It feels like battle lines are drawn here in Copenhagen this morning, as the general assembly of the FEI gets underway.
Yesterday’s discussion on whether bute should be allowed in horse sport seemed to be a good outlet for underlying tensions. But the atmosphere this morning is still tense — there seems to be a move to revolt against the FEI governance, which is evidently seen as becoming less democratic.
Whether or not bute is allowed in competition was the crux of the debate yesterday, but national federations were angry that the FEI had not consulted them on the plan. On 20 October, for the last consultation with NFs, the FEI sent out the “current list”. It made no mention of the “progressive list” until yesterday.
Information was sent out on 13 November in an email, but it appears very few NFs had actually noted the changes.
The FEI insists it remains impartial on the subject. The actual rule allows for a small single dose of one of three non-steroidal anti-inflammatory (NSAIDs) up to 24 hours before competition — but they don’t appear to know whether this can be “bent” and bute given to a horse on the day it competes.
Where the idea of allowing low levels of NSAIDs in horse sport came from, no one knows. During the debate FEI chief executive officer Alex McLin said the rules and levels allowed had been drawn from the US Equestrian Federation (USEF) — which allows bute.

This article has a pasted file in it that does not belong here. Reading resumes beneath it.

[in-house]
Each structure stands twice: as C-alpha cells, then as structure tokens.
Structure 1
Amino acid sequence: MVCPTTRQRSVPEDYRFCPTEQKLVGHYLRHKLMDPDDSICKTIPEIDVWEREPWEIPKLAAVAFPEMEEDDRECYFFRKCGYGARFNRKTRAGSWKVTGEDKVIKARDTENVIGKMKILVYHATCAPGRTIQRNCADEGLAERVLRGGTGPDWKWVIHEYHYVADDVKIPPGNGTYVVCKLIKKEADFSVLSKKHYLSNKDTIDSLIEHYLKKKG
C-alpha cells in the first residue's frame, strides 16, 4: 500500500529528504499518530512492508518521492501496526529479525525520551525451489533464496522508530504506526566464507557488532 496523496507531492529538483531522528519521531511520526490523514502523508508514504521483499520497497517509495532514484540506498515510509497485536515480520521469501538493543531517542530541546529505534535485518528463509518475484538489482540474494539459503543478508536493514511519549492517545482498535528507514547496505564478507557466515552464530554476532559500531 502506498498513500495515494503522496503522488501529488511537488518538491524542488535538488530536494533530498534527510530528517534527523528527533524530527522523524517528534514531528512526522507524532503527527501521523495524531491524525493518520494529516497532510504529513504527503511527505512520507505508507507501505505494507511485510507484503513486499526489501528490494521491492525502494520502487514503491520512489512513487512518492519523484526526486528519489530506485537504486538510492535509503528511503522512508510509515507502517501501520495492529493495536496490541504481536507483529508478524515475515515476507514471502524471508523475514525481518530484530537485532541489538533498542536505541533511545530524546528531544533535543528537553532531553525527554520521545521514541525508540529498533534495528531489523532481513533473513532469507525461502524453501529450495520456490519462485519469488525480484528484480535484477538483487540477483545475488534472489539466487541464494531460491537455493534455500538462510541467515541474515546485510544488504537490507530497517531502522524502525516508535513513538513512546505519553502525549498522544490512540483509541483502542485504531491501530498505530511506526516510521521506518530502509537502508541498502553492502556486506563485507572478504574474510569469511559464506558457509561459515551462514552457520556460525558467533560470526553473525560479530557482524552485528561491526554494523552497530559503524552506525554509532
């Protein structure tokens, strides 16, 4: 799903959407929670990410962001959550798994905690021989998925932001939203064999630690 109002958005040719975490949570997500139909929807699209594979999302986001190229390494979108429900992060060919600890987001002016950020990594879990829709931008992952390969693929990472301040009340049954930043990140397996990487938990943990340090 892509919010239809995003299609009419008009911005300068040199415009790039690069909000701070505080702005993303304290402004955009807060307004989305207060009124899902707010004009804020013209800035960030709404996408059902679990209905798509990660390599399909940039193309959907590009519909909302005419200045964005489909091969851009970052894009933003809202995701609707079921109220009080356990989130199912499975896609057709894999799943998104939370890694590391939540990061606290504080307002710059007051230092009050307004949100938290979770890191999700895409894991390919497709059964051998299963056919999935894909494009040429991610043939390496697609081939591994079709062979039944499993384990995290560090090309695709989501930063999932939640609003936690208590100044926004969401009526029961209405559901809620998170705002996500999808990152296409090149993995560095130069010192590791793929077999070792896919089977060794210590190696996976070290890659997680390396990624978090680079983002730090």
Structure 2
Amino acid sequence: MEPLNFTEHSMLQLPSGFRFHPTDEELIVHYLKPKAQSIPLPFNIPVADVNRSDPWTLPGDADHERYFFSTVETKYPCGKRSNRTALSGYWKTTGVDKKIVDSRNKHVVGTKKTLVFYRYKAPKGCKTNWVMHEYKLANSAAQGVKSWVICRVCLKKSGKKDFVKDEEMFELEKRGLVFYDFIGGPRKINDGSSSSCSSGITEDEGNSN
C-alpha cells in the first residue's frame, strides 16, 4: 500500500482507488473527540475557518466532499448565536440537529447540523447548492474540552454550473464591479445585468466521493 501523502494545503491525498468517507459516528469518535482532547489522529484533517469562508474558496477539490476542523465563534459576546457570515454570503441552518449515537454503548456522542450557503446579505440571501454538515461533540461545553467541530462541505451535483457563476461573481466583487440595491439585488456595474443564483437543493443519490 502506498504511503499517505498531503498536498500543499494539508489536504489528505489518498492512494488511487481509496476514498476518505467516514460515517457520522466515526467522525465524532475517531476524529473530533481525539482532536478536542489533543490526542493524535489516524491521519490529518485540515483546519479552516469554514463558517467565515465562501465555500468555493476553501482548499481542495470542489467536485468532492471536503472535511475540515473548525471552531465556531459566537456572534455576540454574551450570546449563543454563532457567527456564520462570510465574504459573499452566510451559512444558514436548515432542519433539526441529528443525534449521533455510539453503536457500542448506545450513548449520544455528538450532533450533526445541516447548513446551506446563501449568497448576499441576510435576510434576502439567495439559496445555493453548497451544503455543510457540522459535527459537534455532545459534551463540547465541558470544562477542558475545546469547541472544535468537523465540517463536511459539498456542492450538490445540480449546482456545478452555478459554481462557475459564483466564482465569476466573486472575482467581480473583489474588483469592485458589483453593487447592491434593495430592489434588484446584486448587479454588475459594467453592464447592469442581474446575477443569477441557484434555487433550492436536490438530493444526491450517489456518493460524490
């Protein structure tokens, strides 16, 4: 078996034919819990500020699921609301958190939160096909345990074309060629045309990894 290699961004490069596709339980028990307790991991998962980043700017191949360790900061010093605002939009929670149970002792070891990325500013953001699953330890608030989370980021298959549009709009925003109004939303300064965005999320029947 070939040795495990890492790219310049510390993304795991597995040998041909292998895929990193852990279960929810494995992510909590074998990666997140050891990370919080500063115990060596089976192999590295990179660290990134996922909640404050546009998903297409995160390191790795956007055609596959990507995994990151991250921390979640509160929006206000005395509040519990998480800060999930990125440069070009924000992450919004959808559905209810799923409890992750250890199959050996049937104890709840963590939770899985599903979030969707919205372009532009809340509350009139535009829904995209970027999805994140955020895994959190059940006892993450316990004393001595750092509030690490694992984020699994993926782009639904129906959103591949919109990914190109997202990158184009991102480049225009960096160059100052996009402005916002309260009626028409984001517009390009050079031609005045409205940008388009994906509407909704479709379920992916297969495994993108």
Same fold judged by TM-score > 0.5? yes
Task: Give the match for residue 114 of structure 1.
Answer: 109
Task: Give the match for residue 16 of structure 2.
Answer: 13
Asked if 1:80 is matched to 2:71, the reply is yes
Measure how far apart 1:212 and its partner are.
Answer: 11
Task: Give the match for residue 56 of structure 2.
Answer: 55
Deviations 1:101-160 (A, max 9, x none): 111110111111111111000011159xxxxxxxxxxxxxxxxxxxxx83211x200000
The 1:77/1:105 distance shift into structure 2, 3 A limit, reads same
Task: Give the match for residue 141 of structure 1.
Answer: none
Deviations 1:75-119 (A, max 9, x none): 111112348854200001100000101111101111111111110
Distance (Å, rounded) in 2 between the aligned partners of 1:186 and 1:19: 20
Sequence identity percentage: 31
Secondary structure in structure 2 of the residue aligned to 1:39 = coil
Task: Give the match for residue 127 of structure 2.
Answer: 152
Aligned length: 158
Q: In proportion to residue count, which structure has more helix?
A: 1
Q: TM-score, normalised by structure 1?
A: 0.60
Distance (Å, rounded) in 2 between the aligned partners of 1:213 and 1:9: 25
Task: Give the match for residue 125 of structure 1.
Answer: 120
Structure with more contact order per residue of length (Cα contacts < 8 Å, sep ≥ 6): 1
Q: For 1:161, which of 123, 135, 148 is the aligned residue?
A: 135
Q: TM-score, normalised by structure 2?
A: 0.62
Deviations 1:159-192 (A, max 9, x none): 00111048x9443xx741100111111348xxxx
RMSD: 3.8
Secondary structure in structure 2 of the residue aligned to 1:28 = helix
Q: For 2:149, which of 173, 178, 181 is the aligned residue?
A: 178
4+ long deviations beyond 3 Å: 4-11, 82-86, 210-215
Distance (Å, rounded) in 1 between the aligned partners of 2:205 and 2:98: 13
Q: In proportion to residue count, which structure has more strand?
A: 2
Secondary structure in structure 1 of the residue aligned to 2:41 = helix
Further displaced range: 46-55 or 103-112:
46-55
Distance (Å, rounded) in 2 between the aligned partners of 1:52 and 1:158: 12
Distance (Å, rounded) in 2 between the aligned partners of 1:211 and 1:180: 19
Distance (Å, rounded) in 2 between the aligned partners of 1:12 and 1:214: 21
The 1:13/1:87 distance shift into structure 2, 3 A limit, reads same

The discussion implied the plan had come from the USEF – to the point that USEF chief executive Jon Long stood up and said he had not proposed the idea of allowing NSAIDs in horse sport and did not support it.
Other countries were outraged the plans had been presented to them at the workshop — former FEI secretary general Bo Helander, of Sweden, seemed particularly incensed.
But the other strand of discontent was that, should NSAIDs be allowed in the sport, national federations would have to adopt them in their home countries — though with the caveat that countries that banned NSAIDs outright would still be entitled to that ban.
How can this be a fair sport, asked France. Other countries have even stricter rules than the FEI is proposing — another source of anger.
I’m looking forward to today — it’s going to be a busy one!
• To read yesterday’s blog, click here